Crown Witness Convicted of Perjury in Double Murder Trial

David Tamihere outside the High Court in Auckland on 25 July 2018.


Perjury under s 109(2) of the Crimes Act 1961 carries a maximum term of imprisonment of 14 years. The most serious crimes are commonly regarded as murder, arson, robbery and rape. It is only murder and rape that have a more severe penalty.

1. The Nature of the Offence

The nature of perjury offers sound guidance for the courts to impose the highest extent of the statutory maximum term of imprisonment. There's always more than one victim in perjury as it constitutes an attack on the court itself, or at the very least a “deception of the court”. See Westphal 28/3/1995 Vic CA.

In modern democracies, courts represent the principal institution of the fair administration of justice. Therefore, the justice system relies on people speaking the truth, and the entire trial process could not function if we abandoned or “turned a blind eye” to this practice. The reliability of court verdicts and the public’s confidence in the judicial process depends on the value of truth.

The inherent gravity of perjury lies in the fact that false statements to a jury are relatively easy to make but difficult to detect or prove. Refer to the Report of the Kaufman Commission on Proceedings Involving Guy Paul Morin, Honourable Fred Kaufman 31 March 1998, Canada. See also The Queen v Schroen [2001] VSCA 126.

The complexities of proof provide an explanation why there are so few prosecutions of jailhouse informants (JIs). In the double murder trial of the two Swedish tourists, the defence faced these difficulties when it confronted the detailed and gruesome confessions allegedly made by David Tamihere to Witness C. Almost 30 years later, David Tamihere correctly observed in the prosecution of Witness C, that in these circumstances, it is generally one person’s word against another. They are a "dangerous crew", he said. And on this point, it was stated in Simmonds (1969) 53 Cr App R 488 at 489 by Parker LCJ stated that:

"Again it is very difficult to prove, and accordingly it must be understood that perjury, when proved, attracts a severe penalty".

2. The Credibility of Jailhouse Informants

The obvious argument against the reliability of testimony given by JIs, is that no one could possibly believe a person who is a convicted criminal. This is counter-intuitive. The JI is always represented by the prosecution which is the government, the State that we are meant to trust and respect. Arthur Taylor illustrates from his personal experience with a JI, is that they are brought into court in an atmosphere of drama bordering on fan-fare. For example, because they are protected by the State, they are generally surrounded by law enforcement officers and other paraphernalia when they enter the court and the prosecution is seen by the jury to support it.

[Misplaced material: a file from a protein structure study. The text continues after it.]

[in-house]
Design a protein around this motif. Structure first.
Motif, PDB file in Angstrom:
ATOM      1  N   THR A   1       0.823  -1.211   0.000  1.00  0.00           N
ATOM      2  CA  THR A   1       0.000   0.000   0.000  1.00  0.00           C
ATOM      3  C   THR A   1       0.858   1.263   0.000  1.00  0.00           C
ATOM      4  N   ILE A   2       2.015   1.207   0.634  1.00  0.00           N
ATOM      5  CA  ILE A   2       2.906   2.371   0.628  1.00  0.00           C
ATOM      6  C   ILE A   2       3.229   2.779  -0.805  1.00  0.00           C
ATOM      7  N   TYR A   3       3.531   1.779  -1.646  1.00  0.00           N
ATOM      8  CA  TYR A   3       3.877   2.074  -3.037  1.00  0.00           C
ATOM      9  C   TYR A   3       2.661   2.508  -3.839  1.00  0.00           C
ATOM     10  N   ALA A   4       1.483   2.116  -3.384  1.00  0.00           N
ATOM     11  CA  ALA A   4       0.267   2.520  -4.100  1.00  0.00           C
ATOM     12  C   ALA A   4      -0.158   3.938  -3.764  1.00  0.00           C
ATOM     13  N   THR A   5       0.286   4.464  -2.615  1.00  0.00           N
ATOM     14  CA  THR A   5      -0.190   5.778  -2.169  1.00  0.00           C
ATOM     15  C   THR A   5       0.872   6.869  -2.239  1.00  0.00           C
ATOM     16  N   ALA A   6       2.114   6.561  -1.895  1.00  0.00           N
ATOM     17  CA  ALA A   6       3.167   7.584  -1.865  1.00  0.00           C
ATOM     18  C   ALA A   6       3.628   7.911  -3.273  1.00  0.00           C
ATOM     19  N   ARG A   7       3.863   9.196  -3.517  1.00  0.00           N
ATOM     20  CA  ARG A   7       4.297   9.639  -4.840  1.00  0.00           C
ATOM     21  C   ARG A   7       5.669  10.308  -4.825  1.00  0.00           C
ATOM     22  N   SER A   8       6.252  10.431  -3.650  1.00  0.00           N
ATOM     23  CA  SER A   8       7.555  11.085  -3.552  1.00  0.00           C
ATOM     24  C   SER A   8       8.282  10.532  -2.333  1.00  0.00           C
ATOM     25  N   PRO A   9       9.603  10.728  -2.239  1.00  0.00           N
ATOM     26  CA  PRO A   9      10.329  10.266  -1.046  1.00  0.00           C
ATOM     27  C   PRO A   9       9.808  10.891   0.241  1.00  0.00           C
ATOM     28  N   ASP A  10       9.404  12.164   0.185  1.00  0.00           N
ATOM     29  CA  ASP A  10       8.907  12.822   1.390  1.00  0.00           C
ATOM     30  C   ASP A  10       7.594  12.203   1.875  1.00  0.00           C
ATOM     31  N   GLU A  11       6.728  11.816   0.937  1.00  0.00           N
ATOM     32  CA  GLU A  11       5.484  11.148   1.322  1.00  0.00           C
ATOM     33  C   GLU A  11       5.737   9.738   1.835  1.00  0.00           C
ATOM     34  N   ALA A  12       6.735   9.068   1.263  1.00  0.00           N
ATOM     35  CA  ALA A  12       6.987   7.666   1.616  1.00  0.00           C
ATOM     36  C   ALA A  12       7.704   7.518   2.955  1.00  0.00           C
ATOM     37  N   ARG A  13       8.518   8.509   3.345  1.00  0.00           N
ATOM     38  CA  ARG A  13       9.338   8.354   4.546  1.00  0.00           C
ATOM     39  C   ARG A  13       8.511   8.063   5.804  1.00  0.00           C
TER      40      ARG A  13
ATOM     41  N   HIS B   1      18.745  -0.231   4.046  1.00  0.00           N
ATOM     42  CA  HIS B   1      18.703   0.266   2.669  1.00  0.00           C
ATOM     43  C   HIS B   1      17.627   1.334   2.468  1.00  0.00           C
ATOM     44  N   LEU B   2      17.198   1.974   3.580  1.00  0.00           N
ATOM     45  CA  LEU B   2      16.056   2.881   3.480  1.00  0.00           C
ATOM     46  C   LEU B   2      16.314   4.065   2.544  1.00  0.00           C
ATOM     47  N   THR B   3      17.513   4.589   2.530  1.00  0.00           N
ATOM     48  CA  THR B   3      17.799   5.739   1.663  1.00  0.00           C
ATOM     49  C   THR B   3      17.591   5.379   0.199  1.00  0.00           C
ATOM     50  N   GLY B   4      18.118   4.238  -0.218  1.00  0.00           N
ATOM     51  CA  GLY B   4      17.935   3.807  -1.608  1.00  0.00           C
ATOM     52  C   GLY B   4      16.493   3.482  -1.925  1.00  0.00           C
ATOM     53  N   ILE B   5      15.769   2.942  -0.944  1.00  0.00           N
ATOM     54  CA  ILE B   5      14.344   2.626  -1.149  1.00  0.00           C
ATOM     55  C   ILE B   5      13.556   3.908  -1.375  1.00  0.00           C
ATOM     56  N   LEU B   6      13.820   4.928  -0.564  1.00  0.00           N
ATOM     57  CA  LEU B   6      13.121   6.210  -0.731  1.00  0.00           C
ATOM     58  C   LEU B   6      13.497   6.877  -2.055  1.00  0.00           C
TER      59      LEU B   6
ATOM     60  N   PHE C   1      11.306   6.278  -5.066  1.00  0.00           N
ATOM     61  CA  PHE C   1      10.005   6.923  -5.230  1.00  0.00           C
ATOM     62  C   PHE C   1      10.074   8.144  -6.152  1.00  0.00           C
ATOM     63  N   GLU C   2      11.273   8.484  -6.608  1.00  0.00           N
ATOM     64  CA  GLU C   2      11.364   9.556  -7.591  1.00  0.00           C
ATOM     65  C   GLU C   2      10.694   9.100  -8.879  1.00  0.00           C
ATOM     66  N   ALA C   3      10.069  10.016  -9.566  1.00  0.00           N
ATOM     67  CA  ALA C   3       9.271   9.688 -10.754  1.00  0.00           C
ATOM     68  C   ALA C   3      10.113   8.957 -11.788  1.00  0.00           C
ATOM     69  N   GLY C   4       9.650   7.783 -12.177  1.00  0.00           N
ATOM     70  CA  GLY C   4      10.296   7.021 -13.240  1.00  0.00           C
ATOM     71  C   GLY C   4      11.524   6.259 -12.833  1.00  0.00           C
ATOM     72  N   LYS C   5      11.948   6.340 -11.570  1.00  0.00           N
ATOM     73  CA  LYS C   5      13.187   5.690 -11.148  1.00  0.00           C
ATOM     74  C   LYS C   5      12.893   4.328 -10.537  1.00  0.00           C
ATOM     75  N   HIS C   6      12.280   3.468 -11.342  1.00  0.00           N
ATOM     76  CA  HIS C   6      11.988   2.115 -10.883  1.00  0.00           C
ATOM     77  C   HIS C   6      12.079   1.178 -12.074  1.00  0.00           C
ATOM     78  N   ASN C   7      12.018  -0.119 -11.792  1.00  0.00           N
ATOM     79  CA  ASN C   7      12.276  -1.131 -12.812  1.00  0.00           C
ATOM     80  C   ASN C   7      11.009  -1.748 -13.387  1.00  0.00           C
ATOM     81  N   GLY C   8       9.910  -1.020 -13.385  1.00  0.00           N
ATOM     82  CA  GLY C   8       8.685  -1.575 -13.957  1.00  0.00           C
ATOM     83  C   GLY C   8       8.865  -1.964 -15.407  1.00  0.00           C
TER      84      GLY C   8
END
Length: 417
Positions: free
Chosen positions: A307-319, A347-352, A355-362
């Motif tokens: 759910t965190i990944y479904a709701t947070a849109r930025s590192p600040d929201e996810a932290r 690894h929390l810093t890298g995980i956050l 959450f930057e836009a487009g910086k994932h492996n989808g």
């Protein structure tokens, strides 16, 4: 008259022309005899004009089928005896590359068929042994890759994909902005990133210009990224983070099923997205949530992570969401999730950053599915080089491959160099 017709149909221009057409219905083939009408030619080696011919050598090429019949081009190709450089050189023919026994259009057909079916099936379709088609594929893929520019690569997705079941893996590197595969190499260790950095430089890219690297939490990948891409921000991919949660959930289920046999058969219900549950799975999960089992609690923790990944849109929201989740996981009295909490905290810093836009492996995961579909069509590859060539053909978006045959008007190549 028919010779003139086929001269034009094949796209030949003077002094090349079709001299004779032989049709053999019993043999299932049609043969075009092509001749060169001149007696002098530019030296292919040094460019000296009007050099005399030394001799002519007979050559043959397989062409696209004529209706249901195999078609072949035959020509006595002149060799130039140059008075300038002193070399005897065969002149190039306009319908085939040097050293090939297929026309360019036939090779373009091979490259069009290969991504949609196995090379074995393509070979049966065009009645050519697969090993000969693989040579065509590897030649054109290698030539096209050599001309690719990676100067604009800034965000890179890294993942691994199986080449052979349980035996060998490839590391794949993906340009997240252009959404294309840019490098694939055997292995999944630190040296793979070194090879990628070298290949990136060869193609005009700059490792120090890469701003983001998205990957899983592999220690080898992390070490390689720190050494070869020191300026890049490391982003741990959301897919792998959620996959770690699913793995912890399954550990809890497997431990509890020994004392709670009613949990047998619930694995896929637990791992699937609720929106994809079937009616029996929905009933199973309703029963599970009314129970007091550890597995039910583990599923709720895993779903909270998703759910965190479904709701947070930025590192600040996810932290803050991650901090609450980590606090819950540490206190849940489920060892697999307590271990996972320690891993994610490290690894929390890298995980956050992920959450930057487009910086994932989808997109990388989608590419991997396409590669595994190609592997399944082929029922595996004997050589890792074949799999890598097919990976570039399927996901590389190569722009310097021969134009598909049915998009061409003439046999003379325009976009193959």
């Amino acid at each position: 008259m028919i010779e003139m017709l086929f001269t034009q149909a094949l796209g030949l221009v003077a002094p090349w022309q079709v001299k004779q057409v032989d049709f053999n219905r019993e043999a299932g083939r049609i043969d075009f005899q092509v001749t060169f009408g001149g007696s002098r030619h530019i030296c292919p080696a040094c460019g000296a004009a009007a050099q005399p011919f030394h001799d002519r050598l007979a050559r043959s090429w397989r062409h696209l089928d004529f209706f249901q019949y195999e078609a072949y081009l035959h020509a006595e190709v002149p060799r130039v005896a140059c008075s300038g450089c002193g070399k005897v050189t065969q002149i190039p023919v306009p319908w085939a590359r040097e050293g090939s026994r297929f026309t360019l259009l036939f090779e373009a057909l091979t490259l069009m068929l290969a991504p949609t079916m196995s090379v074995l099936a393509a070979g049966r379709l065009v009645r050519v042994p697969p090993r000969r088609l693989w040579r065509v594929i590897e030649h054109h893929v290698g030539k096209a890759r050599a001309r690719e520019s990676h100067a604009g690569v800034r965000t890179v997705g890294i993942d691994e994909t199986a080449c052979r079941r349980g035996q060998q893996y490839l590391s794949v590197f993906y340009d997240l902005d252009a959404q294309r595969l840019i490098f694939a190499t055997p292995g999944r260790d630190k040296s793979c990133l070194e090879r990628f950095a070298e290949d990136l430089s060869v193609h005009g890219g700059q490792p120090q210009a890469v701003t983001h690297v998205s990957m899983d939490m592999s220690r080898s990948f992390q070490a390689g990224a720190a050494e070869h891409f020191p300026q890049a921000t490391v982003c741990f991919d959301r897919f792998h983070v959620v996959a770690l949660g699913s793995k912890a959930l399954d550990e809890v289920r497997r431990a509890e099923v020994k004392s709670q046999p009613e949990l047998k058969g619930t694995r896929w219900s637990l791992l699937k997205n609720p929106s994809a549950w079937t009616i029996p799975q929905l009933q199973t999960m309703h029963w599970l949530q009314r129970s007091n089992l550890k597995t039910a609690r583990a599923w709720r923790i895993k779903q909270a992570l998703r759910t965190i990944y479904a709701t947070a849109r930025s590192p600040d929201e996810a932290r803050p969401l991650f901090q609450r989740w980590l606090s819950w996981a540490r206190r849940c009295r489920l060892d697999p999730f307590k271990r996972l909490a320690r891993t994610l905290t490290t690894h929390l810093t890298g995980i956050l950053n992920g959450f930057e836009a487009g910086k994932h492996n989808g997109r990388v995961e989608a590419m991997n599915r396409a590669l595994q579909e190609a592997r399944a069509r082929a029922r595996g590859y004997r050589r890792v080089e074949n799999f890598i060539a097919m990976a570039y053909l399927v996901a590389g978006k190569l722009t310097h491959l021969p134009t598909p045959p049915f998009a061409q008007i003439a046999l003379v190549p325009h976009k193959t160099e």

It is difficult to see how a jury could not have a favourable first impression of the JI. In the Court of Appeal on 21 August 2018, Justice Helen Winkelmann, said Harris must have been seen as a material witness for the Crown to have called him at the trial, and it was illusory to try to guess what the jury made of it, but David Tamihere was convicted of murdering two people. Asher J said that putting aside the doubts of the credibility of Witness C, what could have been stronger than a hard confession - “it's terrific evidence – a confession," The Court reserved its decision.

3. The way Forward

There is no doubt that something has to change. There is an old maxim in criminal law that “it's better that 10 guilty men go free than one innocent man be wrongly convicted”. It’s too easy for the State to rely on jailhouse confessions in complex and circumstantial cases. Whether we follow the Canadian model to impose checks and balances in the use of evidence by JIs or whether we abolish them altogether, remains to be seen.

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